The first 20 women taking part in part 2 have an interview with a study researcher. This interview is designed to find out whether or not the questions in the questionnaire are the most useful and important ones to ask. The researcher will also ask whether

  • You found the questions clear and easy to understand
  • They were presented in a sensible order
  • You found any of the questions difficult to answer because they ask about sexual difficulties

You have this interview on the day of a routine appointment, in a private room close to your clinic or at time convenient to you and the researcher in your own home or at Kings College, University of London. This interview should not last longer than an hour.  If you agree, the researcher will make an audio recording of the interview, or make detailed notes if you don’t want it to be recorded.

The next 200 women to be recruited will fill out the questionnaire at home and return it to the study team by post in a pre paid envelope. The team will look at any comments you make on the questionnaire to check that it is easy to use and would be suitable to help other women in the future.

After the team have looked at the feedback from this questionnaire and made any final changes to it, they will programme it into a laptop computer to use in part 3 of the study.

Hospital visits

If you are one of the first 20 women to take part in stage 2, you will have your interview on the same day as your routine outpatient clinic appointment.  If this is unsuitable for any reason, the team will arrange another time and date convenient for you.

Side effects

The team do not expect that there will be any risks involved with taking part in this study.  But if this study does raise issues that you would like to discuss further, they will be happy to give you information, or suggest other specialist sources of advice.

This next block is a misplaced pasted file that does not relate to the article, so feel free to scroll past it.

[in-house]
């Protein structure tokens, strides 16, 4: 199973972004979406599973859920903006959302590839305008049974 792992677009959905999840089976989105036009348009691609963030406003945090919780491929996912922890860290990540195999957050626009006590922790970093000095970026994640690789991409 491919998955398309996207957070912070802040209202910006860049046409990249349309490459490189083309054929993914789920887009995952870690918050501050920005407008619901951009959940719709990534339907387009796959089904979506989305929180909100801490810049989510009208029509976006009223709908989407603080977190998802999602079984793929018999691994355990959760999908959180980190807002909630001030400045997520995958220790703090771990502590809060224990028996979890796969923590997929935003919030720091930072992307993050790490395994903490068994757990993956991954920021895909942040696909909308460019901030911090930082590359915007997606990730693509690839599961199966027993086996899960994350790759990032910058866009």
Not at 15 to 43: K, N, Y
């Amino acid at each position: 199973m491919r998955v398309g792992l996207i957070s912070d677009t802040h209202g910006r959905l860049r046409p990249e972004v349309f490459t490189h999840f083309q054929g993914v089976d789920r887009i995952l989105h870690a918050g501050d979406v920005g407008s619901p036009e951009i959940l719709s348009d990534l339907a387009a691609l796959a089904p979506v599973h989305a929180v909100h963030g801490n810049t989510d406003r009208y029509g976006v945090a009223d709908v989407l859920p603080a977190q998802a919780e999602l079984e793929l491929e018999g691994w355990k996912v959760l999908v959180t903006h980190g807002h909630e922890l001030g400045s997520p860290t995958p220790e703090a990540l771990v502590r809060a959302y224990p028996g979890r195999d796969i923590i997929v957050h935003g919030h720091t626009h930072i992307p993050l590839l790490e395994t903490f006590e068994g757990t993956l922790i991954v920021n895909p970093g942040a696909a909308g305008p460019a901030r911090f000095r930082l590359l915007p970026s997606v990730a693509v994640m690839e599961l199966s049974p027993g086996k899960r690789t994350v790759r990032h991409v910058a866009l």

Recruitment start:

Recruitment end:

How to join a clinical trial

Please note: In order to join a trial you will need to discuss it with your doctor, unless otherwise specified.

Please note - unless we state otherwise in the summary, you need to talk to your doctor about joining a trial.

Chief Investigator

Dr Isabel White

Supported by

Addenbrookes NHS Trust
Barts Health NHS Trust
Experimental Cancer Medicine Centre (ECMC)
Gateshead Health NHS Foundation Trust
Guy's and St Thomas' NHS Foundation Trust
King's College London
Macmillan Cancer Support
National Institute for Health Research Cancer Research Network (NCRN)
Royal United Hospital Bath NHS Trust
The Christie NHS Foundation Trust
The Royal Marsden NHS Foundation Trust

Questions about cancer? Contact our information nurses

Freephone 0808 800 4040

Last review date

CRUK internal database number:

Oracle 8207

Please note - unless we state otherwise in the summary, you need to talk to your doctor about joining a trial.

Wendy took part in a new trial studying the possible side effect of hearing loss

A picture of Wendy

"I was delighted to take part in a clinical trial as it has the potential to really help others in the future.”

Last reviewed: